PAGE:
Session Type(s): Featured Panel, Streamed Session
Starts: Thursday, Jul. 13 1:00 PM (Central)
Ends: Thursday, Jul. 13 2:15 PM (Central)
Room: Continental C
Martin Niemoller’s famous quote reminds us why we cannot afford to stay silent in the face of a society’s slide into authoritarianism. History also reminds us that demagogues will first target minoritized groups to identify a threat to the nation and then test the limits of whether society will allow that group, and ultimately others, to be targeted for elimination. The far right-wing attack on Critical Race Theory was the opening assault in the fall of 2020 that few took seriously. We are now seeing that initial assault metastasize into attacks on LGBTQ and gender justice, public education and multiracial democracy. This panel will analyze how and why we must wage a robust fight for racial justice in order to save our democracy.
Kimberlé Crenshaw, Professor of Law at UCLA and Columbia Law School, is a leading authority on Civil Rights, Black feminist legal theory, and race, racism and the law. She is the founding coordinator of the Critical Race Theory Workshop, and co-editor of the volume, Critical Race Theory: Key Documents That Shaped the Movement. Crenshaw’s groundbreaking work on “Intersectionality” has traveled globally and was influential in the drafting of the equality clause in the South African Constitution.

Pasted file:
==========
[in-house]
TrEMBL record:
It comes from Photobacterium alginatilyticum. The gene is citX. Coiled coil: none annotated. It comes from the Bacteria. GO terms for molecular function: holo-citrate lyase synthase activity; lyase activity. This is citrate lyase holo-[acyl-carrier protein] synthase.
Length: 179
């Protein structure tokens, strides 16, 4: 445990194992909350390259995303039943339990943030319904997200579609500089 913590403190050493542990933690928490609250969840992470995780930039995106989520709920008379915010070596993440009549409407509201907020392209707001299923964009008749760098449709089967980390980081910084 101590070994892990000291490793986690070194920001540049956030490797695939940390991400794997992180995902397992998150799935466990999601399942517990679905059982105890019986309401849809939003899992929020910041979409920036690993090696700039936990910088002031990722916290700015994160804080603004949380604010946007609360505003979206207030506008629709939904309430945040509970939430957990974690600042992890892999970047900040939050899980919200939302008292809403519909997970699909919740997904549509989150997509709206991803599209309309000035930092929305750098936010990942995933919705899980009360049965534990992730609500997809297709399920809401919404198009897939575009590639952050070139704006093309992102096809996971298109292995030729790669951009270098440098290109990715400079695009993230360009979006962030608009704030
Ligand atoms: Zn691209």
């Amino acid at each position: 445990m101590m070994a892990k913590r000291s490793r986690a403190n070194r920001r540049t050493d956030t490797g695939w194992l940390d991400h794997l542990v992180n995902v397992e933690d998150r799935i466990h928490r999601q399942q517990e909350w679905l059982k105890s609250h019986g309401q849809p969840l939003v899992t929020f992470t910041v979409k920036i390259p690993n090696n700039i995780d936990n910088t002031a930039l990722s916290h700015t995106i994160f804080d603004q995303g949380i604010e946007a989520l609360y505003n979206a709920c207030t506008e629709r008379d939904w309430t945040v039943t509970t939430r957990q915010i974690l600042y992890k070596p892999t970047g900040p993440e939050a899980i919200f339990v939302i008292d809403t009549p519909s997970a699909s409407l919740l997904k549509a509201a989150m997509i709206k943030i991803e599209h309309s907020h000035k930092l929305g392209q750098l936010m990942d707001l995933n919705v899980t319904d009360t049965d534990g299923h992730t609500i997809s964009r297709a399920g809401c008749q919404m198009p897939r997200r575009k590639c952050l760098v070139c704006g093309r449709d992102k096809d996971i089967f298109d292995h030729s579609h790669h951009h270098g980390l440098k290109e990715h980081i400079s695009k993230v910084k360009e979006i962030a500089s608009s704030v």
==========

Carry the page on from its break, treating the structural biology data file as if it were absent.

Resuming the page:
Crenshaw is the co-founder and Executive Director of the African American Policy Forum, a gender and racial justice legal think tank, and the founder and Executive Director of the Center for Intersectionality and Social Policy Studies at Columbia Law School. She is a leading voice in calling for a gender-inclusive approach to racial justice interventions, having spearheaded the Why We Can’t Wait Campaign and co-authored Black Girls Matter: Pushed Out, Overpoliced and Underprotected, and Say Her Name: Resisting Police Brutality Against Black Women.
Sworn in as Minnesota’s 30th Attorney General in 2019, Keith Ellison is the first African American and the first Muslim American to be elected to statewide office in Minnesota. Before becoming AG, Ellison represented Minnesota’s 5th District in Congress where he focused on consumer, worker, environmental, civil- and human-rights protections for Minnesotans. As Minnesota’s AG, Ellison has championed affordable health care, a fair economy, and equal opportunity for all. Ellison has opposed a new rule revoking legal status for immigrants accessing public assistance, created a unit within the office that focuses on investigating and prosecuting abuse of workers and wage theft, as well as filing lawsuits against opioid manufacturers. This year, Ellison and his team successfully prosecuted former police officer Derek Chauvin for the murder of George Floyd.